¶ 13 For all of these reasons, second-degree murder defines a single offense that may be committed with any of three culpable mental states, and a jury need not agree unanimously on which of the three mental states the defendant possessed when causing the victim's death.

CONCLUSION

¶ 14 The indictment was not duplicitous, and Valentini was not deprived of a unanimous jury verdict by the superior court's jury instructions or the form of verdict. Accordingly, Valentini's convictions and sentences are affirmed.

FOOTNOTES

1.  The jury instruction given states:The crime of second degree murder requires proof of one of the following: One, the defendant intentionally caused the death of Jamie L[.]; or Two, the defendant caused the death of Jamie L[.] by conduct which the defendant knew would cause death or serious physical injury; or Three, under circumstances manifesting extreme indifference to human life, the defendant recklessly engaged in conduct that created a grave risk of death and thereby caused the death of Jamie L[.]. The risk must be such that disregarding it was a gross deviation from what a reasonable person in the defendant's situation should have done.The instructions given elsewhere expressly defined intentionally, knowingly and recklessly.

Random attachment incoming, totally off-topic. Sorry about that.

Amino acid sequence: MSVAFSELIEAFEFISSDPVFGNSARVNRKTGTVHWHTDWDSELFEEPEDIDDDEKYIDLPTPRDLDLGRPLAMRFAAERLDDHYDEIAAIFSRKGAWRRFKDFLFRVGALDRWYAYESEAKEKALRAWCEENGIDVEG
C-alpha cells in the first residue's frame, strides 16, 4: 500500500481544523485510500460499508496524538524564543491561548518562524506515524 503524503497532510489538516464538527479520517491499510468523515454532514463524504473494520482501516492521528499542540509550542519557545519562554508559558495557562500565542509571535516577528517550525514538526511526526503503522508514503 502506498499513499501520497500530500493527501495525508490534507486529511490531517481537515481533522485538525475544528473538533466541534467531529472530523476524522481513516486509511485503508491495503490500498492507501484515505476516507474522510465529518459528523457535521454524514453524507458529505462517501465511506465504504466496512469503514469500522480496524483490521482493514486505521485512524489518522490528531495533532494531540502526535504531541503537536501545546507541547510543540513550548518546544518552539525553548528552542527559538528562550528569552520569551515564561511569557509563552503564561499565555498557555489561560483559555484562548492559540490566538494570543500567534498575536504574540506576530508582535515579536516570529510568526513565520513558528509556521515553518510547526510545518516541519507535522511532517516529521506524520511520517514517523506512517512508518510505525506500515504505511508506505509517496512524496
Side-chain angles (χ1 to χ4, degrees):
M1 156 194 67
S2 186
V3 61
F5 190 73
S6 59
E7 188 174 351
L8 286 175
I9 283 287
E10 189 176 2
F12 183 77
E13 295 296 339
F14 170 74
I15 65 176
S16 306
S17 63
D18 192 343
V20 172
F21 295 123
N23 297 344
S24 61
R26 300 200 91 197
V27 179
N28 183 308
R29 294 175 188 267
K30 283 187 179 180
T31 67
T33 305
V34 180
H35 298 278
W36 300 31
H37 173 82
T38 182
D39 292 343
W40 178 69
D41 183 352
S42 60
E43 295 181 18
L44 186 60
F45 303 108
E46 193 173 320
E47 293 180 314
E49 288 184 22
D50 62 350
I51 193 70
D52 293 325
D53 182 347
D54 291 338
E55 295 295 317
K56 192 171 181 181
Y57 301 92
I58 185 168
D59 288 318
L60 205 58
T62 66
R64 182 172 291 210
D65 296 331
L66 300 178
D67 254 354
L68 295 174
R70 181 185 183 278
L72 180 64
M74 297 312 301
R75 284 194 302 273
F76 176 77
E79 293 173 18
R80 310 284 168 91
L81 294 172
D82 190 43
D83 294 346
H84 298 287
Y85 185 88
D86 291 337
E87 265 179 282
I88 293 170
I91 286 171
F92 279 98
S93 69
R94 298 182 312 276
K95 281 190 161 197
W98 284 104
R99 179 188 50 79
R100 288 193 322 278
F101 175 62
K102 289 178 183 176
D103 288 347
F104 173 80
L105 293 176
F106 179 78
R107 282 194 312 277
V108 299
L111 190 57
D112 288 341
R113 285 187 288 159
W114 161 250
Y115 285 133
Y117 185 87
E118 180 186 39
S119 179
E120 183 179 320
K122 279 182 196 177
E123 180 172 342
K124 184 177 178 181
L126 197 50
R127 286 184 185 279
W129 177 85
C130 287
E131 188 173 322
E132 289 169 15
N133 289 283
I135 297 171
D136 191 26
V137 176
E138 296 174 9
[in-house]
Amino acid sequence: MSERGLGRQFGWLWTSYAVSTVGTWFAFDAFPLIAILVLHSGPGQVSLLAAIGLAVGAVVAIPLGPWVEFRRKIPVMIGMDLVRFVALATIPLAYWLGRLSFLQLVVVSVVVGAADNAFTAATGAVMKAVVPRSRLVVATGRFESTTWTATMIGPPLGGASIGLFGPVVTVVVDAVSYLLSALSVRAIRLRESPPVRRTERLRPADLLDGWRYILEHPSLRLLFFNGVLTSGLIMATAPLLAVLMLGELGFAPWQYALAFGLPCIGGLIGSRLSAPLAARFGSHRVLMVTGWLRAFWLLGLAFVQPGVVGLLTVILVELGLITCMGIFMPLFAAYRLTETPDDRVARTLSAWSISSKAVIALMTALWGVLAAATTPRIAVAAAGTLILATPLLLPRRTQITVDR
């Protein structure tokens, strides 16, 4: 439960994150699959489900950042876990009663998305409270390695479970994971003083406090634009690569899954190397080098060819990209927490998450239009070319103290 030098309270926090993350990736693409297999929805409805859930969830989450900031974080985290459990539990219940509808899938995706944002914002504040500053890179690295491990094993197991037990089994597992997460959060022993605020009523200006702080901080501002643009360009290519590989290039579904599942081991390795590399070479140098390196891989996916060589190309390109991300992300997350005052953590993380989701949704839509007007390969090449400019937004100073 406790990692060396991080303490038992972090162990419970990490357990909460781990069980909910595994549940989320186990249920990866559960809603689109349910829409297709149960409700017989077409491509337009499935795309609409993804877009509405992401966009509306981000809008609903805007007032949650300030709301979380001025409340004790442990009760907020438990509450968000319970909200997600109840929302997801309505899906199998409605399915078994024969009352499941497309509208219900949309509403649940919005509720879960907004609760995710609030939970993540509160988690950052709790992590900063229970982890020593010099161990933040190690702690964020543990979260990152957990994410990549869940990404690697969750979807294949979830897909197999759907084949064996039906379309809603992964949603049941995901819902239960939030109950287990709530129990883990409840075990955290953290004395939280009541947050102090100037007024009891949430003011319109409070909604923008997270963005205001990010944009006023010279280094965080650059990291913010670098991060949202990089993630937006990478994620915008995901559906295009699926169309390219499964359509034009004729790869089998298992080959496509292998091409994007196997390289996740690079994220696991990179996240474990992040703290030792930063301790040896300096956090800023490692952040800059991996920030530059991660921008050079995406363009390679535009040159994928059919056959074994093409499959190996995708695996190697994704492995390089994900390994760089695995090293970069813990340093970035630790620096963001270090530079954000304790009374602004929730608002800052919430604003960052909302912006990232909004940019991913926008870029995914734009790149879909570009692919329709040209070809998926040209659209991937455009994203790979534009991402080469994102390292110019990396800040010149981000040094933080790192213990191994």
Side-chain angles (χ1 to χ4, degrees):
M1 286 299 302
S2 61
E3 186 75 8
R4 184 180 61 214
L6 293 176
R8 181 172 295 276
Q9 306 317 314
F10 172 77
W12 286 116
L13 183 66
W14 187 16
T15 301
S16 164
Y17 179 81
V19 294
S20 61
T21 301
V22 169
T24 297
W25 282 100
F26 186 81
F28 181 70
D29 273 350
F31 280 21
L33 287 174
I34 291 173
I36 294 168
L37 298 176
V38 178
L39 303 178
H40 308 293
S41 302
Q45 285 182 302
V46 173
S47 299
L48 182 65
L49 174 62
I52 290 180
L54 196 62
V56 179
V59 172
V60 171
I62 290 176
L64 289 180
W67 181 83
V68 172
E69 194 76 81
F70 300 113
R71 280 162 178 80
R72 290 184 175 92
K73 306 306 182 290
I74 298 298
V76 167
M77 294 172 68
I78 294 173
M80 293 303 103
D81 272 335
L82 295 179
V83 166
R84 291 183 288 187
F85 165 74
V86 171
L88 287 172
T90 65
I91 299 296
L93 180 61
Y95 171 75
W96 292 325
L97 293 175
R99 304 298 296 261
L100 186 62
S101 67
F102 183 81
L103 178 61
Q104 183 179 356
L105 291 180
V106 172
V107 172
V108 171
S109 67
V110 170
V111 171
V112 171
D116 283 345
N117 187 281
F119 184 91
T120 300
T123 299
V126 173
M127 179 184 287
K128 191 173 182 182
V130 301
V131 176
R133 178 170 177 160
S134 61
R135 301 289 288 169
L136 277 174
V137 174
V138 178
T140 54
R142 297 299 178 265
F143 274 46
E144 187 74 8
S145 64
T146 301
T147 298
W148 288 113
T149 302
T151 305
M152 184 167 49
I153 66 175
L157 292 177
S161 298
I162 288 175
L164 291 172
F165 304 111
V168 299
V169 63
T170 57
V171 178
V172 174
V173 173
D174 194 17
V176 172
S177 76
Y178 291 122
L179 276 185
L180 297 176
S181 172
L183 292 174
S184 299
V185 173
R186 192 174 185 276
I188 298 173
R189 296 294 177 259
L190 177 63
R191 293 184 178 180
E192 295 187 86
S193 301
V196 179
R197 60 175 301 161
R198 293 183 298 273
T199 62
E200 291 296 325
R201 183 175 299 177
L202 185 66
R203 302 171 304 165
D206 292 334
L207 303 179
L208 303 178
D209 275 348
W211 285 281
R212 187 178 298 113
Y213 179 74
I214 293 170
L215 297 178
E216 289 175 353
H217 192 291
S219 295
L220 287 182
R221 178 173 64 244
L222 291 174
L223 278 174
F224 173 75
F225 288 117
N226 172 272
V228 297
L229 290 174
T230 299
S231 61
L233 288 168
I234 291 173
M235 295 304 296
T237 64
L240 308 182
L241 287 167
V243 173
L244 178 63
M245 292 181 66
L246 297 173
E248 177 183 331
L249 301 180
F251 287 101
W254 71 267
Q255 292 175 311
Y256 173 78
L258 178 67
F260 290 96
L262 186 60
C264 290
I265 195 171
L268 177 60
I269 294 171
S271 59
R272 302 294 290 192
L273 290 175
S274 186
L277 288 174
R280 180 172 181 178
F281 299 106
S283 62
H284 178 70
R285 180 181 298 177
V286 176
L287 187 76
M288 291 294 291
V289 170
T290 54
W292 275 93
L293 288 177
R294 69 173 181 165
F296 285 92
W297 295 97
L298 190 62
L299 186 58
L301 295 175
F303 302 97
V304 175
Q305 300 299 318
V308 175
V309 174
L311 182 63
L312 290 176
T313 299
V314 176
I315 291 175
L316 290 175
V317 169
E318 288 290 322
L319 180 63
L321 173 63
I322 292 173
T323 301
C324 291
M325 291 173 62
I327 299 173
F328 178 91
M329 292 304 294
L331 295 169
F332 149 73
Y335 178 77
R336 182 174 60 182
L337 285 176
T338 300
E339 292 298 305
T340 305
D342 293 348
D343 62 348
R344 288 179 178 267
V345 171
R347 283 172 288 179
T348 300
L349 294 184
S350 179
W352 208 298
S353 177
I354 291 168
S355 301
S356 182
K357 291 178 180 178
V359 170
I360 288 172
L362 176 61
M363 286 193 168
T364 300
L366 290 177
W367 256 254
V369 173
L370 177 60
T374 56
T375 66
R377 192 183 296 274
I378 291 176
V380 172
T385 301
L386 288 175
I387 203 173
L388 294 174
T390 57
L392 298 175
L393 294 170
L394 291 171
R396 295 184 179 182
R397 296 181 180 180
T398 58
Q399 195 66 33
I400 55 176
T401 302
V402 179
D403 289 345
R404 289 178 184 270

2.  Valentini also was charged with and found guilty of fraudulent schemes and artifices in violation of Arizona Revised Statutes section 13–2310 and sentenced to twenty years in prison, to be served consecutively to the sentence imposed on the murder conviction. On appeal, Valentini does not challenge the fraudulent schemes and artifices conviction or sentence.

3.  Absent material revisions after the relevant dates, statutes cited refer to the current version unless otherwise indicated.

4.  The right under the United States Constitution to a unanimous jury verdict in a criminal trial has not been extended to the states. See McDonald v. City of Chicago, 561 U.S. ––––, ––––, 130 S.Ct. 3020, 3035 n. 14 (2010).

5.  In Schad, the United States Supreme Court declined to decide whether the United States Constitution requires “a unanimous jury in state capital cases, as distinct from those where lesser penalties are imposed,” and instead framed the issue as whether Arizona had exceeded the limits imposed by due process on a state's definition of criminal conduct. 501 U.S. at 630–31.

THUMMA, Judge.

CONCURRING: MICHAEL J. BROWN, and DIANE M. JOHNSEN, Judges.